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Demonstrating Impact: Making the Case to Employers


Employer engagement is a key element of the careers agenda for young people and employers and industry are closely linked to at least 3 of the Gatsby Benchmarks (2, 5 & 6) although information relating to the labour market likely permeates all of them. As a large employer with links across a large and densely populated area, the NHS in Greater Manchester receives a very high volume of requests for support and engagement from local schools and colleges. Whilst we recognise the need to inspire and attract our future workforce and to highlight the broad range of career opportunities in our industry, we also have limited resources and capacity to support activity which means we need to make a compelling case to our leadership in order to free up staff to get involved and dedicate resources to coordinating programmes and initiatives.

One of the key challenges that my team face during internal discussions around how to sustain and enhance our programmes is how to demonstrate the impact and outcomes of the work we are involved in. Do our work experience learners go on to careers in the industry? How might it have benefited them in other ways? How did the event we organised affect the learners who came along and took part? We’re aware that some of the outcomes will not be apparent for many years if at all and that progress to job roles or higher educational routes are not the only measures of the impact of engagement. This said, it would be useful to identify what information might be obtained or monitored to assess whether the work we are doing is supporting both our needs as a business and the career trajectory (either in our industry or otherwise) of the young people involved.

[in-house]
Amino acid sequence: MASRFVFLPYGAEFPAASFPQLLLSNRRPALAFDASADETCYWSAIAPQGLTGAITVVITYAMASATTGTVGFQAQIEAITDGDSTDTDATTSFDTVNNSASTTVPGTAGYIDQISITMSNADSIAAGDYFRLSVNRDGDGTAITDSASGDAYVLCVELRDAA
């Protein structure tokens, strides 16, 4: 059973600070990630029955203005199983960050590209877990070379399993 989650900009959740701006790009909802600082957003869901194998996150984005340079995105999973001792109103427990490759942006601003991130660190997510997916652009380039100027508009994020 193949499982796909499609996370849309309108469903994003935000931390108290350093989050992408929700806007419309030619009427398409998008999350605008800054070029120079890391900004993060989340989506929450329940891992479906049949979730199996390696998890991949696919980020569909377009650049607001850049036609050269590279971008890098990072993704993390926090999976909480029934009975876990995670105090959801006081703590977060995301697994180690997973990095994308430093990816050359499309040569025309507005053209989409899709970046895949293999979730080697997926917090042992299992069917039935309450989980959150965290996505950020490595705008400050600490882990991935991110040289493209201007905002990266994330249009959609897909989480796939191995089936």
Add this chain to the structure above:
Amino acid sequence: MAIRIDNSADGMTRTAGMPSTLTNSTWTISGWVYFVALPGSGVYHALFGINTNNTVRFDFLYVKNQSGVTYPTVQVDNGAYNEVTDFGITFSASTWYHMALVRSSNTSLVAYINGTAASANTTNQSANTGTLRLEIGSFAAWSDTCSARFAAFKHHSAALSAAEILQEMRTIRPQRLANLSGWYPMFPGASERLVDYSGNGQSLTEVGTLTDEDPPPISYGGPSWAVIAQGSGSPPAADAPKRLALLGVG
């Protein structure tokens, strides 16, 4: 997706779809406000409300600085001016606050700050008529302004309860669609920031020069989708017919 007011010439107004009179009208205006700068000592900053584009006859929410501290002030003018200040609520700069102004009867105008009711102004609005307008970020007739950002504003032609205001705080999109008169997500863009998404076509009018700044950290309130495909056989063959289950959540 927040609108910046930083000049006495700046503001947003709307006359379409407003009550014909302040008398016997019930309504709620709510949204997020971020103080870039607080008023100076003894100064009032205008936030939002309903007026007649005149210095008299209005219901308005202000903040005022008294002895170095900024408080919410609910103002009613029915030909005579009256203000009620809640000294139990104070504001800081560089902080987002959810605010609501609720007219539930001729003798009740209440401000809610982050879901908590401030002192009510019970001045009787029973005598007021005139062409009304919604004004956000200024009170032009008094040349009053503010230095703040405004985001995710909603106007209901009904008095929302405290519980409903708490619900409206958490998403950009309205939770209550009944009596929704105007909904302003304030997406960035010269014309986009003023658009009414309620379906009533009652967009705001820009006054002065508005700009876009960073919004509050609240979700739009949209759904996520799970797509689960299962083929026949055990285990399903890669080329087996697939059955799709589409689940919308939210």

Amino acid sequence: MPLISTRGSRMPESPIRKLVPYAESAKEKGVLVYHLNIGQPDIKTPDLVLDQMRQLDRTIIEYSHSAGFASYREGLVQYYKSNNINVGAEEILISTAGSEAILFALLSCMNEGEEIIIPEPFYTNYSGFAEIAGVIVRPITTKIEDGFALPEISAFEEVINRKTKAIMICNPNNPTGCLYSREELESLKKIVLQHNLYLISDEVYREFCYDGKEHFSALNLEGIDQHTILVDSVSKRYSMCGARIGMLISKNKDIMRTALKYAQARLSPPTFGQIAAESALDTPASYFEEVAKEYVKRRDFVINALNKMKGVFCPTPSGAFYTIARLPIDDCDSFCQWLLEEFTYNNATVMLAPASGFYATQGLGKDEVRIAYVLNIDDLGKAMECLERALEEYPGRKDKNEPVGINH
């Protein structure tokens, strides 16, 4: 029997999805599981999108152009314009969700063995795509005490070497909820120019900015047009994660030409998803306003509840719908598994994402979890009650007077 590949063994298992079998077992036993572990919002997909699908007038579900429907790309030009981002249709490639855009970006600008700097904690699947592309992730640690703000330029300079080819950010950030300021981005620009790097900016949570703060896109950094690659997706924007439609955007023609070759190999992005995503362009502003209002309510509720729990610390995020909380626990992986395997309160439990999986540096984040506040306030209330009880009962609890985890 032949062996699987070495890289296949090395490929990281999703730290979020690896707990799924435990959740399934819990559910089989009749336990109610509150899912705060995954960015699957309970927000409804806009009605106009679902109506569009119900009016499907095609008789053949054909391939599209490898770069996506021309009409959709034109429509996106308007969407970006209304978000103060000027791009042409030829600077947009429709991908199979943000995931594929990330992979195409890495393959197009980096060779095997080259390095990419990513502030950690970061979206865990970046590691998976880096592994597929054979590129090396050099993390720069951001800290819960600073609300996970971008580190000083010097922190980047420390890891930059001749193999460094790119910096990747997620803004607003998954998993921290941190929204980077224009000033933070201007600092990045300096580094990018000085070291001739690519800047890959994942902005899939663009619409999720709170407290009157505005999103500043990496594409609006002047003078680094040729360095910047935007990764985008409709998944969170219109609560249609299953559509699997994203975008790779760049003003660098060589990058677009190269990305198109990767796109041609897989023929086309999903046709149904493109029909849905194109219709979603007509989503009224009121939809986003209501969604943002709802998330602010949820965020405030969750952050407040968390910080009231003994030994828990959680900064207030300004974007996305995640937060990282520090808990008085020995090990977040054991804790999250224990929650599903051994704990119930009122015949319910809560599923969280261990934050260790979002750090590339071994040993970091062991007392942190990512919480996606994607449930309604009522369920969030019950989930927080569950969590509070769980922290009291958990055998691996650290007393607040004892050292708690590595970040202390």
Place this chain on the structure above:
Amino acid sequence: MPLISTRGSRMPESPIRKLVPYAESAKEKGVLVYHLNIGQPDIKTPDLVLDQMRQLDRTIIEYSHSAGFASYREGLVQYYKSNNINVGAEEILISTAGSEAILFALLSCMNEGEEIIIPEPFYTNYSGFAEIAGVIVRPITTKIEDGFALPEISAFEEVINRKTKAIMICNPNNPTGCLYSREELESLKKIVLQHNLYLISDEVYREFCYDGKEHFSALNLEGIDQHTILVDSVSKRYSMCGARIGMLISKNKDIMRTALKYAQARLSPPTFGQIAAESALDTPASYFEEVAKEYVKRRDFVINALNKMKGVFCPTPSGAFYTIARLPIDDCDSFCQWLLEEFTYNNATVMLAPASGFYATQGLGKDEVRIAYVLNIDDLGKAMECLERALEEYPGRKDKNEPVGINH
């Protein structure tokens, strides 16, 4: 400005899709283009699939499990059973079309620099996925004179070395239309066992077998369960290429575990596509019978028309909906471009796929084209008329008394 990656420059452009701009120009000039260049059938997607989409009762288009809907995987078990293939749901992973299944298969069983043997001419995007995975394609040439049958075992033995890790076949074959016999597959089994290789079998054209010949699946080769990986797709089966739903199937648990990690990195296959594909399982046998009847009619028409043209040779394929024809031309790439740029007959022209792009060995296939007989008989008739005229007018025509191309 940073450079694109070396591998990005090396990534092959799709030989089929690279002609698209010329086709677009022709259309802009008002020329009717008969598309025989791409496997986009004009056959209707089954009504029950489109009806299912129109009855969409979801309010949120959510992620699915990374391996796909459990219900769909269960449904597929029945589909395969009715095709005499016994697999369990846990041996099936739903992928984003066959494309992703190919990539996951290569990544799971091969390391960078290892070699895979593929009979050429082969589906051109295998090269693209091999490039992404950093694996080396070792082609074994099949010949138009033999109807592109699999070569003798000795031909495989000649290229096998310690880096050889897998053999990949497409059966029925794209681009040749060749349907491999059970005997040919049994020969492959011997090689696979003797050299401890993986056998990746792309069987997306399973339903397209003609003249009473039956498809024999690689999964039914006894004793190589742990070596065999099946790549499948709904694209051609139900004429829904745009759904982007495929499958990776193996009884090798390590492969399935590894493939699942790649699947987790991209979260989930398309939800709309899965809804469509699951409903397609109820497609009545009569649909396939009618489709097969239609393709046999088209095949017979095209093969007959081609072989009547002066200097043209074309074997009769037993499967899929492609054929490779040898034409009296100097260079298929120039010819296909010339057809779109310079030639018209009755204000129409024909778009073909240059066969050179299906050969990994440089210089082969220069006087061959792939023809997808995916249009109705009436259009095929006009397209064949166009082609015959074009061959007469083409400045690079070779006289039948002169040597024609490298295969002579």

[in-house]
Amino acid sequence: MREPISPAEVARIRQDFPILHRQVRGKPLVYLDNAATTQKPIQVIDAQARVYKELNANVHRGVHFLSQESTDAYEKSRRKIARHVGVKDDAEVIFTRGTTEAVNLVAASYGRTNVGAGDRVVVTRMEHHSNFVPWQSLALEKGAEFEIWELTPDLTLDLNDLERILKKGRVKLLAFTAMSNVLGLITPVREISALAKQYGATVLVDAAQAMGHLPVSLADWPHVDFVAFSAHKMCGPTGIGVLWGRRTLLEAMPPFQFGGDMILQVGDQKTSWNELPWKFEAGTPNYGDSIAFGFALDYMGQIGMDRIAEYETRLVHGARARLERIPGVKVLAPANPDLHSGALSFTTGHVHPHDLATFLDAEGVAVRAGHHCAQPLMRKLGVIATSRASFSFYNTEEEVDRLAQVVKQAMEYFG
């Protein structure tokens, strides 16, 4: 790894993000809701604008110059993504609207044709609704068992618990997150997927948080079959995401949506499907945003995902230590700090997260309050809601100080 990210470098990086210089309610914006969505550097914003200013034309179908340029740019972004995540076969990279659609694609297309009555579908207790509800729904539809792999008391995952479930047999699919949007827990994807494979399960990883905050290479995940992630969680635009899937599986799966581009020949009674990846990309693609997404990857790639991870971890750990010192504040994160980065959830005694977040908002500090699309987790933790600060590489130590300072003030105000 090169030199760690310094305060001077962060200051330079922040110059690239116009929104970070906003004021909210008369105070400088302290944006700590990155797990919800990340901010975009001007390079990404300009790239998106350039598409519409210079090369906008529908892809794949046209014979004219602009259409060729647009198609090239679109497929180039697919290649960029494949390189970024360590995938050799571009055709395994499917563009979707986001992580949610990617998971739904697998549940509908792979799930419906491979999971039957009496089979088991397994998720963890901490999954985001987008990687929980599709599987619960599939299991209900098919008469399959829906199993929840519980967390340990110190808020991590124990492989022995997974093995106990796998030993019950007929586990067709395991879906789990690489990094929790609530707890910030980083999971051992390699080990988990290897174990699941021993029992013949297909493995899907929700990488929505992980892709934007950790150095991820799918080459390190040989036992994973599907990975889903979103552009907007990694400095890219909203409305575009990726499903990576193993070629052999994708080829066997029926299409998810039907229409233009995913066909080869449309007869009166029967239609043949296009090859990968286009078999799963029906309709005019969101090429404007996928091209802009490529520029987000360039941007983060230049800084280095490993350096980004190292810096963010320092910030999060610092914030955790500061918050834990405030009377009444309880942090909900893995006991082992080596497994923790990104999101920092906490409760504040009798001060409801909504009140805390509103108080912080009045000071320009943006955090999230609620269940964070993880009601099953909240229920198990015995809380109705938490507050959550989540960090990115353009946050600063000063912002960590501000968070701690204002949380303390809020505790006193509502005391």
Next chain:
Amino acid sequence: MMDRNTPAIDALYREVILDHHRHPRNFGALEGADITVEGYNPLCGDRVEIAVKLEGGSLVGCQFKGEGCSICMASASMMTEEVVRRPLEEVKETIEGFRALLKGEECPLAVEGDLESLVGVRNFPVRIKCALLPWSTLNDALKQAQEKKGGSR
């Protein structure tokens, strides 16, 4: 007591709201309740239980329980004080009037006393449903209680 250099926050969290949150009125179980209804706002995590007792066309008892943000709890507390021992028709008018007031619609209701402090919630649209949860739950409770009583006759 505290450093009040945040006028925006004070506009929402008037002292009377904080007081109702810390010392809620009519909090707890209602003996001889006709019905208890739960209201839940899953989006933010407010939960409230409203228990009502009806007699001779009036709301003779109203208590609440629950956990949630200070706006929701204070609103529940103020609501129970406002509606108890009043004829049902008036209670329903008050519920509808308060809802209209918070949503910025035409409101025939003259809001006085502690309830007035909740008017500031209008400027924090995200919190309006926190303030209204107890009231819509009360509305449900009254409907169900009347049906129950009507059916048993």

The NHS is fortunate to have some resources dedicated to Widening Participation activity as well as specific targets and strategies issued from regulatory agencies to support the agenda, this is not necessarily the case for all employers and industries and small and medium enterprises in particular may not have the same incentives to engage. With this in mind I thought it would be useful to pose the question to educators attending the event in July of how might you be able to support employers to make the case for supporting the careers agenda? What information do you yourselves monitor/have access to? Is there any way this could be linked to employer engagement or workplace experience? What limitations would there be?

This article was written by Leo Clifton, Head of Widening Participation, Manchester University NHS Foundation Trust